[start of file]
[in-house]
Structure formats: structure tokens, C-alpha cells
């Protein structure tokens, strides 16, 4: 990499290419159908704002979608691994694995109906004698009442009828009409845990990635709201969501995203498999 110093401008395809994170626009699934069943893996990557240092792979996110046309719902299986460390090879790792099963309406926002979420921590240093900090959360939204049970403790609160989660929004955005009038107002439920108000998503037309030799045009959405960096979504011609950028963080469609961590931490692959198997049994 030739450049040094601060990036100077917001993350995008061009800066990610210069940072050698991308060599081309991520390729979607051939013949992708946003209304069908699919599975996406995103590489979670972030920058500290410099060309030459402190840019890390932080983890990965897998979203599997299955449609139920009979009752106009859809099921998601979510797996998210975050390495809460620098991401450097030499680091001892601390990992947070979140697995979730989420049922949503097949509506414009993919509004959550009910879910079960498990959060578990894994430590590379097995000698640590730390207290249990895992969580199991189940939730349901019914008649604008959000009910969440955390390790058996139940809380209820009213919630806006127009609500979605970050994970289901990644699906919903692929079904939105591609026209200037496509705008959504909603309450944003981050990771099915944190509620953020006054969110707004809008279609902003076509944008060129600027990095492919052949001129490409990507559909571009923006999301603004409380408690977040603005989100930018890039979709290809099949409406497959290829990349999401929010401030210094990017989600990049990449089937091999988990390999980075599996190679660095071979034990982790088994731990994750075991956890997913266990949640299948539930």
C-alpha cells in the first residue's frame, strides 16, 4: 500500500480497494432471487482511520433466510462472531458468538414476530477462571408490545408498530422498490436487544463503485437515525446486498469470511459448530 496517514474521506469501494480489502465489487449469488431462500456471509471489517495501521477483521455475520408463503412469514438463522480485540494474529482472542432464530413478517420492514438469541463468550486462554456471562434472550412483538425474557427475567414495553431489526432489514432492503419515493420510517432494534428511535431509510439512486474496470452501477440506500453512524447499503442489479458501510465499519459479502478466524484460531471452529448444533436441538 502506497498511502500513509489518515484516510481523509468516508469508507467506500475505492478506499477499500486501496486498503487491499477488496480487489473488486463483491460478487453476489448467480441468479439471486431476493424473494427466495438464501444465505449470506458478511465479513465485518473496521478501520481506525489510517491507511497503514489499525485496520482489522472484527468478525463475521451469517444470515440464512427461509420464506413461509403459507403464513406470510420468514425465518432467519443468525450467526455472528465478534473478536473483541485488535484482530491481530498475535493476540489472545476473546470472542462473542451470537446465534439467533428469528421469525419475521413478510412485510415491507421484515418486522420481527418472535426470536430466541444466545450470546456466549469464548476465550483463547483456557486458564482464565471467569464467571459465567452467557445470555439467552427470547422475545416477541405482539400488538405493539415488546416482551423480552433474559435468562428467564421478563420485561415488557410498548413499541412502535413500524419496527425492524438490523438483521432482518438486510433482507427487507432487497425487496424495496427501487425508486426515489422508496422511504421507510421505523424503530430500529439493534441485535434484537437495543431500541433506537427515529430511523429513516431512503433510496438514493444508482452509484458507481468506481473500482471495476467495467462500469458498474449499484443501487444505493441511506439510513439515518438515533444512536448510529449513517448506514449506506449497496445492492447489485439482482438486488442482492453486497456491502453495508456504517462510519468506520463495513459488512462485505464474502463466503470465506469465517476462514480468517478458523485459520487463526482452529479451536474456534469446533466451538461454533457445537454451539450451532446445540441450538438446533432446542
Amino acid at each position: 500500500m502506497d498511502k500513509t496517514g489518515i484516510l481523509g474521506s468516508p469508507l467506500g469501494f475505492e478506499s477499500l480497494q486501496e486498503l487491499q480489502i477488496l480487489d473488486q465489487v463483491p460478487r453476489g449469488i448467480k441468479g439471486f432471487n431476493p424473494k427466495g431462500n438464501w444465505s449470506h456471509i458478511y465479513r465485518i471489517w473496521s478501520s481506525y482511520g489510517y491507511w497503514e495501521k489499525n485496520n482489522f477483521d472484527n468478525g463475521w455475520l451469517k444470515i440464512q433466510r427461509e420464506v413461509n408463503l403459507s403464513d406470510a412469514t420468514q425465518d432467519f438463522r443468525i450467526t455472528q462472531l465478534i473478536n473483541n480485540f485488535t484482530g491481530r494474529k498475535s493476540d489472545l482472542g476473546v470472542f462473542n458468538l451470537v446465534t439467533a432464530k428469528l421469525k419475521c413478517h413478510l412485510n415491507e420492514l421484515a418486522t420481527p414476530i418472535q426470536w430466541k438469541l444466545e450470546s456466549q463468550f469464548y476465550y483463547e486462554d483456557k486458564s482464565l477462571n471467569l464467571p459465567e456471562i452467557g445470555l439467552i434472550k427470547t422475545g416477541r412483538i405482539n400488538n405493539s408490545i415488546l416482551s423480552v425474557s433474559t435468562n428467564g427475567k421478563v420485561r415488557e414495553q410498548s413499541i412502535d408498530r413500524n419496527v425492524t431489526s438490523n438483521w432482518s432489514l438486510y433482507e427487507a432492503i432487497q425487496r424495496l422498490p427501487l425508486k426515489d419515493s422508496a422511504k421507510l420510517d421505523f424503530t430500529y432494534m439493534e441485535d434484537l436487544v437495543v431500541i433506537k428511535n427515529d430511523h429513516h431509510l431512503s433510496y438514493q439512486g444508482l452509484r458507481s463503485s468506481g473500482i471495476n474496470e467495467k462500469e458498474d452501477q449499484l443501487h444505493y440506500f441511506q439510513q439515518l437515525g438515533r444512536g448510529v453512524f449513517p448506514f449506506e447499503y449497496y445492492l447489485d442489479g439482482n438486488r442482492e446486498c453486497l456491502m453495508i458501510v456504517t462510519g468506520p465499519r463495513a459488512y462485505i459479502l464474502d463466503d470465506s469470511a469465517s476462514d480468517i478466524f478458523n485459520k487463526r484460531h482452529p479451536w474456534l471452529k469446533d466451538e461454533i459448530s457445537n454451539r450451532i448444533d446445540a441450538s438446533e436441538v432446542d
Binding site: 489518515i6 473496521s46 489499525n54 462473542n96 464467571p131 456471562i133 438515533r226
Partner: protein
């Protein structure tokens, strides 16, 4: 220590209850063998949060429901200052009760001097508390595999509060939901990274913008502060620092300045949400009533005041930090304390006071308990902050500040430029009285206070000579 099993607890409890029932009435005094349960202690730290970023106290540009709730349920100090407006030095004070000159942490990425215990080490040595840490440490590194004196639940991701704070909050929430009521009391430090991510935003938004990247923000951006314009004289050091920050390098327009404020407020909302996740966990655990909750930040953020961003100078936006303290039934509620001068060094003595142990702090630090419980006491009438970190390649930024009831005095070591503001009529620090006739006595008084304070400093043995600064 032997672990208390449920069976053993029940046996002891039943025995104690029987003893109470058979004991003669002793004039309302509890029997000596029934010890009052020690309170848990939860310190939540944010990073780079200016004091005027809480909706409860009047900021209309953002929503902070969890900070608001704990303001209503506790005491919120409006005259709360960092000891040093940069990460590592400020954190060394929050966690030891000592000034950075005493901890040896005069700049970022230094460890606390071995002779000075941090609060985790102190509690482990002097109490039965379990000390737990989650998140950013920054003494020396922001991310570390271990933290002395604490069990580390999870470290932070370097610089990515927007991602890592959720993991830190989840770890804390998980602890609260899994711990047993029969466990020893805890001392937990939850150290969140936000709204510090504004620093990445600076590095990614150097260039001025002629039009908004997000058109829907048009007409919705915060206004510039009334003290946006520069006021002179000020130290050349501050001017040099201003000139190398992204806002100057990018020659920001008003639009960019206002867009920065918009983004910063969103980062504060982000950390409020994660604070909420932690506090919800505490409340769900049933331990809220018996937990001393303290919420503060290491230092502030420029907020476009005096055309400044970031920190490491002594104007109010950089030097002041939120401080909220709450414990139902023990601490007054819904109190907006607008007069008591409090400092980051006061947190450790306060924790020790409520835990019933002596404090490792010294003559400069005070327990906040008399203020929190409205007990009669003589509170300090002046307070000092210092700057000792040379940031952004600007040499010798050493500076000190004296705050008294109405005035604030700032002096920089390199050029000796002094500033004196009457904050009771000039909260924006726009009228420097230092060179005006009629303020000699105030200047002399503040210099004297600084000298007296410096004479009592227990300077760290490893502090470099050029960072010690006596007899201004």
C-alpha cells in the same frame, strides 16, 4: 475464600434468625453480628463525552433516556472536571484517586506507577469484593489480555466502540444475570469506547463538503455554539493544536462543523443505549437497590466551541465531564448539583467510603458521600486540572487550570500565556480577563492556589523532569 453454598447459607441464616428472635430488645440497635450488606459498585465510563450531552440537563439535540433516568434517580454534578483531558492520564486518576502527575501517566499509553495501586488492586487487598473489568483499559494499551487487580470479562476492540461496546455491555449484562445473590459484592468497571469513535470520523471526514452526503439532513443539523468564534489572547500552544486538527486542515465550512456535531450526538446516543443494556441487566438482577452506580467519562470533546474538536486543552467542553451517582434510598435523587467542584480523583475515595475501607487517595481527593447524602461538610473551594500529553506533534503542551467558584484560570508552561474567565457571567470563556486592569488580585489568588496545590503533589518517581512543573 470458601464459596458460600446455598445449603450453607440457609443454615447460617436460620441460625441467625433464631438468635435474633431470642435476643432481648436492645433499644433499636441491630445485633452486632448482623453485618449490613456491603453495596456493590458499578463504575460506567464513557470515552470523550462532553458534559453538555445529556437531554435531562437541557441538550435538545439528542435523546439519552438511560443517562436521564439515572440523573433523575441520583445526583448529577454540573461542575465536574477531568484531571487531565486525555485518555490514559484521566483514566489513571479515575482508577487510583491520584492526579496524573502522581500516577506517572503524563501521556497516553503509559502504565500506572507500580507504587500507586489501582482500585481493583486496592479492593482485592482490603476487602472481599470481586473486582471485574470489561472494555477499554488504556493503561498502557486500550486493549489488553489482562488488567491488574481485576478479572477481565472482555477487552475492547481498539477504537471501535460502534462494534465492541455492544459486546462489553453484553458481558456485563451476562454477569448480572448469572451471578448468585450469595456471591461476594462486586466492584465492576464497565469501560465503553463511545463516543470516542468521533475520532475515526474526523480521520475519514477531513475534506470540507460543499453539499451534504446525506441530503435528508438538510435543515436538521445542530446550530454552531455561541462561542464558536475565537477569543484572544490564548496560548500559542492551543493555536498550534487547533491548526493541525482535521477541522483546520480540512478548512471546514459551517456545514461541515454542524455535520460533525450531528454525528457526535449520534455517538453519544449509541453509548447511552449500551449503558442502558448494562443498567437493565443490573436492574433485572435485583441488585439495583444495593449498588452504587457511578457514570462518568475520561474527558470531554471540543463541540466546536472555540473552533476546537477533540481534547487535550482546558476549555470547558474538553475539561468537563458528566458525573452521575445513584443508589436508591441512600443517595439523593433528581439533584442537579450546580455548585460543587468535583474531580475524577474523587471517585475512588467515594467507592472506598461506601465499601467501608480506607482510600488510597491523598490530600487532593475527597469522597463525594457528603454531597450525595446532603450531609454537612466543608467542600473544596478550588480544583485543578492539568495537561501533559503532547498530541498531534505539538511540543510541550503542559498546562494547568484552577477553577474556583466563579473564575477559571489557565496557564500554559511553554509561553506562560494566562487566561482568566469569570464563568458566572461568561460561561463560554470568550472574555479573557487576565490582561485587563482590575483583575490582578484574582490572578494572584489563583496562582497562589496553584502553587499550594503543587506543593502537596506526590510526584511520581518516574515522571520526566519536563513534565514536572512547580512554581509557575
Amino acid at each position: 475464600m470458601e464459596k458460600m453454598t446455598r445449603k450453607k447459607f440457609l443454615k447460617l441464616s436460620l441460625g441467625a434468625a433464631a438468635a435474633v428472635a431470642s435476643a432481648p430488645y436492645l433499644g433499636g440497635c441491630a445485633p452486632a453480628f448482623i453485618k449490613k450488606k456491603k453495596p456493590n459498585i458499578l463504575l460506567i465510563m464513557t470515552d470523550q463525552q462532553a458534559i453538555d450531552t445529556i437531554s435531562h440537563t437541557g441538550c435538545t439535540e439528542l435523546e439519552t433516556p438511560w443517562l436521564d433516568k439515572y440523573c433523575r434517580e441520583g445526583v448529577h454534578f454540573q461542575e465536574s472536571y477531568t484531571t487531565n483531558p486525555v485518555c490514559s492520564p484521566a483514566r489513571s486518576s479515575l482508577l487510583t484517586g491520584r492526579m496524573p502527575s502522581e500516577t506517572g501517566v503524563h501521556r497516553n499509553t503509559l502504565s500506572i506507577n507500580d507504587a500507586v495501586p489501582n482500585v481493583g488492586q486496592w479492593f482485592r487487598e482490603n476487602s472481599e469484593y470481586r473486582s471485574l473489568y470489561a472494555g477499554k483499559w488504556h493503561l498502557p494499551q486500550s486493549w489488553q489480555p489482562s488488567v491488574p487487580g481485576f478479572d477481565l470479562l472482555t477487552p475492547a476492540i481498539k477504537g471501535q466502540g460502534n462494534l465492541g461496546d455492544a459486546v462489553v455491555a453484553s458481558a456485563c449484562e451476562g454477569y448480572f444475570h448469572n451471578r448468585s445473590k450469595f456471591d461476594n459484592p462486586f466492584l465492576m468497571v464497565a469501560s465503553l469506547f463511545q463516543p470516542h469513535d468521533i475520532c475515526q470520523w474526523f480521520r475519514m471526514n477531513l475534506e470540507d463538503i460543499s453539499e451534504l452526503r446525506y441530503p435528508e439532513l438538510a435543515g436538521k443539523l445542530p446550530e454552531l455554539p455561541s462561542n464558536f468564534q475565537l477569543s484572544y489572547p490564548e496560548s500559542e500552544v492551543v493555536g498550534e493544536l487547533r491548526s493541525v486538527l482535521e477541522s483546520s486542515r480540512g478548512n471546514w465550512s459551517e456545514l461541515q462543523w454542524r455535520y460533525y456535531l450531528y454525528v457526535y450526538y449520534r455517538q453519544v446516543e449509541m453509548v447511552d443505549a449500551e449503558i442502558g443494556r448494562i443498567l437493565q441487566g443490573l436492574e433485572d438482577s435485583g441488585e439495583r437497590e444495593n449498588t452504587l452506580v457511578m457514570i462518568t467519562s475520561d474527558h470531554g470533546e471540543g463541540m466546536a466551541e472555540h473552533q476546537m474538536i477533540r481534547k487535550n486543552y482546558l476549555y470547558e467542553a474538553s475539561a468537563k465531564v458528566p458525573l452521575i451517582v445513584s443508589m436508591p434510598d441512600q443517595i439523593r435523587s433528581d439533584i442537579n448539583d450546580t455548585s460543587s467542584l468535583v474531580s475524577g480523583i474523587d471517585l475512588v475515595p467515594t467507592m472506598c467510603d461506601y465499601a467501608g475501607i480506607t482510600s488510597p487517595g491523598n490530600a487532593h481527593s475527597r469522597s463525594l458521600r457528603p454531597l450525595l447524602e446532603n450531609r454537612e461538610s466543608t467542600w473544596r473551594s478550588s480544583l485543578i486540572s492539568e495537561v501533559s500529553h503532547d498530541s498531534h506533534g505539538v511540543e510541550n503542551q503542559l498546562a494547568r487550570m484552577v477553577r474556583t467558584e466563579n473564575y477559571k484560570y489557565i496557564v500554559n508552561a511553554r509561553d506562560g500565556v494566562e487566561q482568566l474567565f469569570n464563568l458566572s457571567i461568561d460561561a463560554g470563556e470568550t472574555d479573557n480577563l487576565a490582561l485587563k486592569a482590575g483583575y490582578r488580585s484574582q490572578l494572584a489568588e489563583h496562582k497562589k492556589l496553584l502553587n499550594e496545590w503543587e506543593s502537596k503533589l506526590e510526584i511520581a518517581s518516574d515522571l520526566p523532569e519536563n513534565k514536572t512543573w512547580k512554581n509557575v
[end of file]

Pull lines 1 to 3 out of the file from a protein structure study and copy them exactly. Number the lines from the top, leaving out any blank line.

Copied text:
[in-house]
Structure formats: structure tokens, C-alpha cells
């Protein structure tokens, strides 16, 4: 990499290419159908704002979608691994694995109906004698009442009828009409845990990635709201969501995203498999 110093401008395809994170626009699934069943893996990557240092792979996110046309719902299986460390090879790792099963309406926002979420921590240093900090959360939204049970403790609160989660929004955005009038107002439920108000998503037309030799045009959405960096979504011609950028963080469609961590931490692959198997049994 030739450049040094601060990036100077917001993350995008061009800066990610210069940072050698991308060599081309991520390729979607051939013949992708946003209304069908699919599975996406995103590489979670972030920058500290410099060309030459402190840019890390932080983890990965897998979203599997299955449609139920009979009752106009859809099921998601979510797996998210975050390495809460620098991401450097030499680091001892601390990992947070979140697995979730989420049922949503097949509506414009993919509004959550009910879910079960498990959060578990894994430590590379097995000698640590730390207290249990895992969580199991189940939730349901019914008649604008959000009910969440955390390790058996139940809380209820009213919630806006127009609500979605970050994970289901990644699906919903692929079904939105591609026209200037496509705008959504909603309450944003981050990771099915944190509620953020006054969110707004809008279609902003076509944008060129600027990095492919052949001129490409990507559909571009923006999301603004409380408690977040603005989100930018890039979709290809099949409406497959290829990349999401929010401030210094990017989600990049990449089937091999988990390999980075599996190679660095071979034990982790088994731990994750075991956890997913266990949640299948539930």